VL: That’s exciting! And you have MOST [at Milan Design Week] coming up again. Can you tell us a bit about how last year went, and any details about this year?

TD: It was kind of ludicrously over-ambitious: a reckless move to take over the whole museum. We’re talking about half a million square feet of museum with submarines and all the Leonardo Da Vinci things… a 17th-century chapel. It’s an amazing place, which was also my secret spot in Milan that I’d go to get away from design. I’ve wrecked that by making it visible to everybody, but on the plus side, it allowed us to get away from this idea of doing a trade stand in a furniture fair and to do something more about ideas. This year, we’ve taken it again, with slightly different partners. We’re working, for instance, with Fab.com, a monster e-commerce website for design. They’re American-based, moving into Europe, and they’re moving really quickly – a bit like Etsy but more design-focused. They’re putting producers in touch with the consumers, acting as an intermediary and constantly promoting new things in design. So Fab.com are a sponsor and we’ll be showing the Adidas thing there, as well. It’s really nice to be in a place that talks about human innovation. The museum is an amazing statement about technology and human progress because it goes right through 500 years worth of innovation through materials and science and technology – all as a backdrop to what we’re doing.

VL: I can imagine the disparity between these brand-new products and historical design would be pretty incredible to see.

TD: It’s almost not a disparity. It’s all part of what really interests me in terms of the fuel for new designers, new materials, new techniques in manufacturing, new technologies, generally. For us at the moment, the bit that’s exciting isn’t so much working with new materials, but working in lighting, actually, because it’s lighting that’s powered by new sources of light that people are discovering – partly because of government legislation forcing people to have lower energy consumption. It’s a really exciting field right now and we’re able to do new, interesting designs because of new technology.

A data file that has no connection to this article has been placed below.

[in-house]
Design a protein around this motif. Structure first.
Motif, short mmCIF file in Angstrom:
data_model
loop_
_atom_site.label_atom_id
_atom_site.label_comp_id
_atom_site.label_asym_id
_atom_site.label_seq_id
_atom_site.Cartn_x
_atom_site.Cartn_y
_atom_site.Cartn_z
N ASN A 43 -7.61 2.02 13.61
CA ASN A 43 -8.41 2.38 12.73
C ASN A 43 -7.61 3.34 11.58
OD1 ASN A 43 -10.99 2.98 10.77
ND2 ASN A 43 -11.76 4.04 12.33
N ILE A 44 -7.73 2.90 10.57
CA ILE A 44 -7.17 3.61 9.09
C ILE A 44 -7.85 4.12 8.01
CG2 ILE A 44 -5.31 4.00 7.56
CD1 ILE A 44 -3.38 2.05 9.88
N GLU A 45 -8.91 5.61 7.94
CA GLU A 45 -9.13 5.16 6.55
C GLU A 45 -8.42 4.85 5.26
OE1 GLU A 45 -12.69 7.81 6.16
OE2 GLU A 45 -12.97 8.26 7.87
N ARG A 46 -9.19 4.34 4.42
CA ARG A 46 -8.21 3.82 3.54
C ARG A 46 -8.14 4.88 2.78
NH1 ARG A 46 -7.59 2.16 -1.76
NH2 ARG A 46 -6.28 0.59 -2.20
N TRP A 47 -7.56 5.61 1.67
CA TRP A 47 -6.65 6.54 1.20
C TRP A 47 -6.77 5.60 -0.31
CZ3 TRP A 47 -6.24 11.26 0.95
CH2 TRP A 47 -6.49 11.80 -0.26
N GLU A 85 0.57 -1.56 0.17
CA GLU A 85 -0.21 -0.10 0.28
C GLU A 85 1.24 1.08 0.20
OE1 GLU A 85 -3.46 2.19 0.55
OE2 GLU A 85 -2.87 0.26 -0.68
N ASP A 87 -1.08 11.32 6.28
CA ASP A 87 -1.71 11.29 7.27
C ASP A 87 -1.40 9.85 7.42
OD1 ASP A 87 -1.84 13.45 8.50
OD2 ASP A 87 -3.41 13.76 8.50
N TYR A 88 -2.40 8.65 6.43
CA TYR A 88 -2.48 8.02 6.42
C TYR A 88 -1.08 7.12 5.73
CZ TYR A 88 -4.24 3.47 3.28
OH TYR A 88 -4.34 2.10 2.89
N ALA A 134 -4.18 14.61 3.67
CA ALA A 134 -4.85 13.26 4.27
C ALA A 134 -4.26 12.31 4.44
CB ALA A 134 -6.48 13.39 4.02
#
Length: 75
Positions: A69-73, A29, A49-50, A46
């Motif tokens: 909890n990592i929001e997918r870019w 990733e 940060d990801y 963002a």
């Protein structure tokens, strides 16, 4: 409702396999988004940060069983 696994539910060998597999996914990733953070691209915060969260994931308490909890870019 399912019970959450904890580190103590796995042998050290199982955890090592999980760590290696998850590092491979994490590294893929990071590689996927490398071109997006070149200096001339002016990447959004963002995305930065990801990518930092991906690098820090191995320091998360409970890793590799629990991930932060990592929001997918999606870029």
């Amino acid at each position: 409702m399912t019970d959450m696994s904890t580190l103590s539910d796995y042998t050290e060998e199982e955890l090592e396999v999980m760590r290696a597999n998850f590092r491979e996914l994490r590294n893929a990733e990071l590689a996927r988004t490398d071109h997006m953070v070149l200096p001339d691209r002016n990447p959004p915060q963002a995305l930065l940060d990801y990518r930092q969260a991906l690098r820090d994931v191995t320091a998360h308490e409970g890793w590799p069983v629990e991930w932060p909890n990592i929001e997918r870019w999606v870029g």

VL: You have a restaurant at your headquarters in London, and you’ve been cooking in the restaurant, apparently. What’s the best dish you know how to cook?

TD: Everybody likes to think they can cook, you know, and cookbooks are a big business and all the rest of it. When you get into a professional kitchen, you realise how little you know, and you have to start from zero. Cooking in a restaurant is a different business to making your favourite dish. I get to do the most basic section, because I’m the new boy in the kitchen, and there is something quite nice about being completely untutored again. So, I do cold starters and desserts, which is like the ghetto in the kitchen, really. The chef in that restaurant has travelled a lot, all around the world, and there are quite a lot of Asian influences, and he’s big on spices – so I do quite a good dhal. We do quite a lot of Indian food, so I can do dhal and flatbread. We’ve got a tandoor oven, so I’ve learnt how to do tandoor cooking. And I can chop now. I can chop like the chefs do – really quickly.

VL: It’s interesting that you can be so accomplished in these other areas of your life and then go back to ‘starting from scratch’.

TD: I think it’s important to maintain a degree of naivety and learn something from zero again. It’s dangerous to be too expert, I’ve decided.

Photography by Hugh Stewart. (Photographs originally appeared in Vogue Living January/February 2013.)
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Comments
One Response to “Interview: Tom Dixon Reveals adidas Collaboration”
  1. sabinaeklund says:

    Reblogged this on SABINA EKLUND and commented:
    “There’s such a universal visibility of everything now, so although it does make it a lot easier for people to have an idea, and to diffuse that idea, those ideas burn out like fireworks, almost.”